By Eli Yokley
Missouri’s U.S. Senate and governor’s races have garnered much of the media coverage, but statewide candidates are facing off in four other contests.
In the race to replace outgoing Secretary of State Robin Carnahan — an office seen as a steppingstone for higher statewide office — Kansas City Democrat Jason Kander is facing Springfield Republican Shane Schoeller. Schoeller, who won a three-way primary in August, has focused much of his campaign on touting his support of a photo identification requirement for voters.
Last week, Schoeller — who previously worked for Sens. John Ashcroft and Christopher “Kit” Bond, then-Rep. Roy Blunt and former Secretary of State Matt Blunt — spent a day on the campaign trail with the secretaries of state from both Iowa and Mississippi, both of whom also campaigned on their support of a voter ID requirement.
“Missouri deserves a secretary of state that will fight to ensure free and fair elections,” Schoeller said at a campaign stop in Jefferson City. “As secretary of state, I will work to pass and implement a common-sense voter ID law that will protect Missouri’s elections from fraud.”
Missouri lawmakers have passed the policy before. In 2006, the Missouri General Assembly passed a photo ID requirement, but that was later overturned by the Missouri Supreme Court. Then this year, with Schoeller and his two Republican primary rivals in the Legislature, there was a real push to get the issue on the November ballot. But the ballot language they passed was ruled unfair by a court, which forced the issue off the ballot.
The mere discussion of a photo identification requirement sparked concern with Carnahan, who issued a statement on Thursday claiming there has been new “confusion for many Missouri voters.”
“In Missouri, ID requirements have not changed from prior elections,” Carnahan said. “Voters can bring one of several acceptable forms of identification to the polls such as a voter ID card, a Missouri student ID, a driver’s license or a current utility bill or bank statement with the voter’s name and address on it.”
Kander, like many Democrats running statewide this year, is portraying himself on the campaign trail as a Missouri moderate, appealing to independent voters who may be drawn out for the presidential and U.S. Senate races. Kander, a two-term state representative who served as an intelligence officer in Iraq following the Sept. 11, 2001, attacks, opposes the photo ID requirement. He has instead focused his message on the office’s dealings with Missouri businesses.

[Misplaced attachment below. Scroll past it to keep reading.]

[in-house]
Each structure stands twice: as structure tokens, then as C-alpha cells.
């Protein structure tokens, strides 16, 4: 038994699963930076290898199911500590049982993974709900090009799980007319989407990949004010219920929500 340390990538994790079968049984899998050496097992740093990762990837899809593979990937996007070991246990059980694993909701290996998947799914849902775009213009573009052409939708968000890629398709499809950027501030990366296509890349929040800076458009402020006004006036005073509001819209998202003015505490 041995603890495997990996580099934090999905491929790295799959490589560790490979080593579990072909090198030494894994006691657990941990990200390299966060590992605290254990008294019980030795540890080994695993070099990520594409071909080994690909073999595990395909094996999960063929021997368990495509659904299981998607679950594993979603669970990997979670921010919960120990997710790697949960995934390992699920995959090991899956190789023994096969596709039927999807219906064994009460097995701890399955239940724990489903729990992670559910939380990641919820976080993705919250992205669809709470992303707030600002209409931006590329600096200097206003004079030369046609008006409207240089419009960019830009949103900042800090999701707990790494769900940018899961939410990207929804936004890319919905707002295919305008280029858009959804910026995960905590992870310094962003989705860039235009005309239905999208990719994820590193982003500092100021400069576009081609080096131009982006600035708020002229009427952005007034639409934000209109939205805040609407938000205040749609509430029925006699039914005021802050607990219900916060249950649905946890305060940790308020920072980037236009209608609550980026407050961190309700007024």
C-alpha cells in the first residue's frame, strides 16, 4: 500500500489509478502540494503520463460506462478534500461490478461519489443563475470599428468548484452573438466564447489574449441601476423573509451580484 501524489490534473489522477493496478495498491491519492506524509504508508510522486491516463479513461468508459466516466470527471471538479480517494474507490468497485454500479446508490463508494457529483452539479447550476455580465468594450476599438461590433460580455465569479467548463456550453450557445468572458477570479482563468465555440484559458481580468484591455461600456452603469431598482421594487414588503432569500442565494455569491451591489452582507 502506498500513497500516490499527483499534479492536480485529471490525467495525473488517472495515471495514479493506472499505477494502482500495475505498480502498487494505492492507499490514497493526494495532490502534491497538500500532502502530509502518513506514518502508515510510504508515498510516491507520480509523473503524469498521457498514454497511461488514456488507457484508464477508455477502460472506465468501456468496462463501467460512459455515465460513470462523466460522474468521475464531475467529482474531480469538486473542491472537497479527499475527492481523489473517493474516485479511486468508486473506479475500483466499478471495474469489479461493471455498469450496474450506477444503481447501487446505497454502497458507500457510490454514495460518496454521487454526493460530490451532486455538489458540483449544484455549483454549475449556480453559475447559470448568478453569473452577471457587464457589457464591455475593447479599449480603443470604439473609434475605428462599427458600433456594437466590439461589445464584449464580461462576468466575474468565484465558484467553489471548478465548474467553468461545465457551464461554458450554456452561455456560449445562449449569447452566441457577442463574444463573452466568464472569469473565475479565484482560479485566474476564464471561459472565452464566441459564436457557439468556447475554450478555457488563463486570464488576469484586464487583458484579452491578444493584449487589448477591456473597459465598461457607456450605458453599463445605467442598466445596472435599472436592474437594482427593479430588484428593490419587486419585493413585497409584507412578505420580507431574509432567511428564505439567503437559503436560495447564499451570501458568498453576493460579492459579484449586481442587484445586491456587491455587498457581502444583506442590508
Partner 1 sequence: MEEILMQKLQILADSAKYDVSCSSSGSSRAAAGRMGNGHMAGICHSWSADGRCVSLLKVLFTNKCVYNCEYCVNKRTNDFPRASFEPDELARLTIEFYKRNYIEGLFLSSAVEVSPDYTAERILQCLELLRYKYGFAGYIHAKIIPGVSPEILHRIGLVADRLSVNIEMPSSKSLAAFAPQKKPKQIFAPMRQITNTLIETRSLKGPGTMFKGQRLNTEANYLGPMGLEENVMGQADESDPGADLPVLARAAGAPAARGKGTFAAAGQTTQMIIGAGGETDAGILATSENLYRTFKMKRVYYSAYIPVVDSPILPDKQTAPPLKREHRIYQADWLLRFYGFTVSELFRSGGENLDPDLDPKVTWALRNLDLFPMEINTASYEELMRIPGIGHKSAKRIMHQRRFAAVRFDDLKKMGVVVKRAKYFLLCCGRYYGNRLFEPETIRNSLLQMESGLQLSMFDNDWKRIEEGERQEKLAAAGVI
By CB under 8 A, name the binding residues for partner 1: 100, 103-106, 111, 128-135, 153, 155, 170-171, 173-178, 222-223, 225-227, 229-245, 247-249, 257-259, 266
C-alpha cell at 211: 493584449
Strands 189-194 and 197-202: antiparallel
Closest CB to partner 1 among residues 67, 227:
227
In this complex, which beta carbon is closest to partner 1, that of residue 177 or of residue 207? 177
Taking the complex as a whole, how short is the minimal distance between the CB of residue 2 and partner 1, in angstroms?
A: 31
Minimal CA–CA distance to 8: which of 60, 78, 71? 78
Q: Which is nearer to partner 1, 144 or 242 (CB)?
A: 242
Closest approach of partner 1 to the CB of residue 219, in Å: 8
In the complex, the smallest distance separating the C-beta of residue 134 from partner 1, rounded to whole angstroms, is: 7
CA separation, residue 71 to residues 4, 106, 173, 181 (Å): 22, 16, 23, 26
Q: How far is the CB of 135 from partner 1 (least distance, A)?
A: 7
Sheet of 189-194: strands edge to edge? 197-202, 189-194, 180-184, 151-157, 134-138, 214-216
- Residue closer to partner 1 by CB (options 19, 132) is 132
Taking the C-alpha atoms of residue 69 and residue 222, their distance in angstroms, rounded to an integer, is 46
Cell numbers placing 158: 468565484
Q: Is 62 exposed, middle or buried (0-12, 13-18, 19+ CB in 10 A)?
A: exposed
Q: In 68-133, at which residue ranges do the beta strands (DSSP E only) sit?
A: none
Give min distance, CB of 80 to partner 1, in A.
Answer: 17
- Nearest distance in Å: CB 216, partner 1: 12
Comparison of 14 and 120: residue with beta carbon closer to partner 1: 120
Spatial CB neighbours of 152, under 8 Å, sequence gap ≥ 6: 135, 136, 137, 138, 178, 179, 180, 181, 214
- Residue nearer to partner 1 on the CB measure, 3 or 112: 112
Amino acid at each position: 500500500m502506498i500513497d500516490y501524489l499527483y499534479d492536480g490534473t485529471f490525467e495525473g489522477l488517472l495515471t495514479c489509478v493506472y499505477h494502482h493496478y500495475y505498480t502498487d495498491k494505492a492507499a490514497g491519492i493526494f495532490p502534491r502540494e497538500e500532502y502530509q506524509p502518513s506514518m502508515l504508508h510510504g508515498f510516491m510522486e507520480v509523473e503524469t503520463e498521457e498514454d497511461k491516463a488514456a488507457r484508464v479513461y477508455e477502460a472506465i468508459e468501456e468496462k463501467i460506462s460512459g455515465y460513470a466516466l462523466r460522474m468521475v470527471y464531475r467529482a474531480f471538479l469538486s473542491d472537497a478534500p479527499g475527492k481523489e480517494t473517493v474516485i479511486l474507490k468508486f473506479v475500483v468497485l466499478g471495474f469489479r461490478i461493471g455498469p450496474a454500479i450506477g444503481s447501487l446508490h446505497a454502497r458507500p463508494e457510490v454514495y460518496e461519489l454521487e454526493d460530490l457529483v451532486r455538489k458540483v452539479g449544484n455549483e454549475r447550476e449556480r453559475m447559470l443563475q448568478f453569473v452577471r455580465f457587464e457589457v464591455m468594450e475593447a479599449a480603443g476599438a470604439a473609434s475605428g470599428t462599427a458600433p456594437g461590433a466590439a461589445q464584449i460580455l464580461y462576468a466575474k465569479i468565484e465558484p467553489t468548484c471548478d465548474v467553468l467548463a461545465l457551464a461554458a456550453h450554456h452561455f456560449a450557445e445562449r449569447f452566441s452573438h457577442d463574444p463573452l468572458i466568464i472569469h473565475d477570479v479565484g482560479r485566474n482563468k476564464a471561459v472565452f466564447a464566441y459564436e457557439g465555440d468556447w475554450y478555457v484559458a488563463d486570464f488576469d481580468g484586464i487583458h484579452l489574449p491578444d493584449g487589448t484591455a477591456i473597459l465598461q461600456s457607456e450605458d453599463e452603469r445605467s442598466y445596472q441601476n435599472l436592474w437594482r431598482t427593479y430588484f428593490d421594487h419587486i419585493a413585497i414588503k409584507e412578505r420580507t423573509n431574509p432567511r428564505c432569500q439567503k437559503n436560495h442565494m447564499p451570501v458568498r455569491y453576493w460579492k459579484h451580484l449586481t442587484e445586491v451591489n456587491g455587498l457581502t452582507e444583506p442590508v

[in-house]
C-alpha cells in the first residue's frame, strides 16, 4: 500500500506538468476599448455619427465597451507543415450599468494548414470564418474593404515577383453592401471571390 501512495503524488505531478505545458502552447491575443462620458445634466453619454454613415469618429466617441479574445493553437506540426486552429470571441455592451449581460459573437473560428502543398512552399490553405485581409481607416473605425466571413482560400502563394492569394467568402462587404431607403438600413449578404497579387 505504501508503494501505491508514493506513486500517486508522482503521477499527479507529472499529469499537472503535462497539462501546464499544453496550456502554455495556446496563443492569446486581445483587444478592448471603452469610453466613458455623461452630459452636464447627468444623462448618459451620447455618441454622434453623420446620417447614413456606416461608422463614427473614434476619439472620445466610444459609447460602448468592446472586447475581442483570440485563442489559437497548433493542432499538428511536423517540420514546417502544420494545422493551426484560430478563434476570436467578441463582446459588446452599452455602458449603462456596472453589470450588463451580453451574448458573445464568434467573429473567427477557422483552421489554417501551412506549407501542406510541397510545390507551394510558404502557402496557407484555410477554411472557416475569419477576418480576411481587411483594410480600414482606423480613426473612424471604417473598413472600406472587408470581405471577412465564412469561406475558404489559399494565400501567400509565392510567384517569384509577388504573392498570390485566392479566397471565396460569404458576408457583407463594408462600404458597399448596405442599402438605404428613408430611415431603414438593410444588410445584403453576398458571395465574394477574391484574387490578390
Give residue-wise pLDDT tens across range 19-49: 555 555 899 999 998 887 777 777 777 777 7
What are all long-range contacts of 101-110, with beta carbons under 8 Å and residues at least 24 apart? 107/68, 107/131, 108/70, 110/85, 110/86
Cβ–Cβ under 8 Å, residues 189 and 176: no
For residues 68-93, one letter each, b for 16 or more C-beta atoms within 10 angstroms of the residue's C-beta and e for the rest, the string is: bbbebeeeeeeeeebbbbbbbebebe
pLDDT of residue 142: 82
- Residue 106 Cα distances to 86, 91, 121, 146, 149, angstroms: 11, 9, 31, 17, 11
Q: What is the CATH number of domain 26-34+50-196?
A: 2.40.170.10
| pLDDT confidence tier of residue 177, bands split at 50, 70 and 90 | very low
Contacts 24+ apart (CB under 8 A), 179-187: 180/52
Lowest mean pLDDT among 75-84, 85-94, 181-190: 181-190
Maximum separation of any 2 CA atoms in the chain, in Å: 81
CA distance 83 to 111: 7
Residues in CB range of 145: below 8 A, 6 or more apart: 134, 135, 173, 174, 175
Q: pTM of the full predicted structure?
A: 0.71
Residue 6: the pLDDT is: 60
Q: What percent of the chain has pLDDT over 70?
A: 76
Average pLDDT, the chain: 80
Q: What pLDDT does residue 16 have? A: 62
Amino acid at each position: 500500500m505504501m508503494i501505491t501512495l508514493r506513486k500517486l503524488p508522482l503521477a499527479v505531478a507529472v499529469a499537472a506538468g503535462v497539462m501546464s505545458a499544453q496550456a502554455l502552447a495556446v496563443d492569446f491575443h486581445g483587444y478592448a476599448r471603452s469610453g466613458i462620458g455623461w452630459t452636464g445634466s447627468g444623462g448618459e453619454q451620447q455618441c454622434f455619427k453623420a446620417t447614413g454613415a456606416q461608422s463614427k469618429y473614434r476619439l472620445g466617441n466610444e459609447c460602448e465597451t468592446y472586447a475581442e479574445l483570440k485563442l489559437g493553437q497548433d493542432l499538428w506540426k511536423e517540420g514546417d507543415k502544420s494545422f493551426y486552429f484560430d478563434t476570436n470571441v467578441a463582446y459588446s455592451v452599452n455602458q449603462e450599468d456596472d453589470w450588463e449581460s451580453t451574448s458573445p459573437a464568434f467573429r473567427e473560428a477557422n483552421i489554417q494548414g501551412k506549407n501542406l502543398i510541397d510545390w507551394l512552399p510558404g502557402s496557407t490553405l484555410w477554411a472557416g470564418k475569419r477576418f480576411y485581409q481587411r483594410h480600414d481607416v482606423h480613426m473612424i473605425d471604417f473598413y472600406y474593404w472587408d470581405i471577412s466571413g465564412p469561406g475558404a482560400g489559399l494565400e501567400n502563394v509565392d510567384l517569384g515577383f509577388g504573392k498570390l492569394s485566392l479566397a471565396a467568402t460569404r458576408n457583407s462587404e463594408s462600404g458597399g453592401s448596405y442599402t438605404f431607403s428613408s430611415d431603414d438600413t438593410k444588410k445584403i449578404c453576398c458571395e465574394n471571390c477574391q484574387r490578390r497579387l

“The most important issue any statewide officeholder can take on right now is helping to create jobs and grow Missouri businesses,” he said in a statement preceding a statewide tour earlier this month. “As secretary of state, I will turn the office’s Business Services division into a hub to connect small-business owners with existing resources that can help their businesses succeed.”
The secretary of state race is the only Missouri statewide race without an incumbent on the statewide ballot.
Lt. Gov. Peter Kinder is the only statewide incumbent Republican on the ballot this year. Kinder is being challenged by former state Auditor Susan Montee, who re-emerged from a loss two years ago to Tom Schweich.
On the campaign trail, Kinder is critical of Montee for her early support of President Barack Obama. She gave the maximum contribution to his campaign, and prompted him on throughout the state. Kinder, who has strongly opposed the federal health care law, touts his opposition to Obama as their chief difference.
Both candidates tout themselves as “fiscal conservatives,” with Kinder pledging efforts to cut back on his office’s budget. Montee says her experience as state auditor gives her a perspective on the operations of state government during tough economic times.
Attorney General Chris Koster, a Democrat since 2007, is also up for re-election. He is being challenged by St. Louis attorney Ed Martin. Koster, a former Republican state senator, focuses on his previous service as Cass County prosecutor. Martin, who has been a vocal Republican activist, is doing his best to tie Koster directly to Obama, accusing him in a series of billboards and campaign advertisements of being “Obama’s Lawyer.” Koster, in turn, criticized Martin’s lack of experience with criminal cases.
State Treasurer Clint Zweifel, a Democrat, is the final down-ballot Democrat up for re-election. He is being challenged by State Rep. Cole McNary, a St. Louis Republican.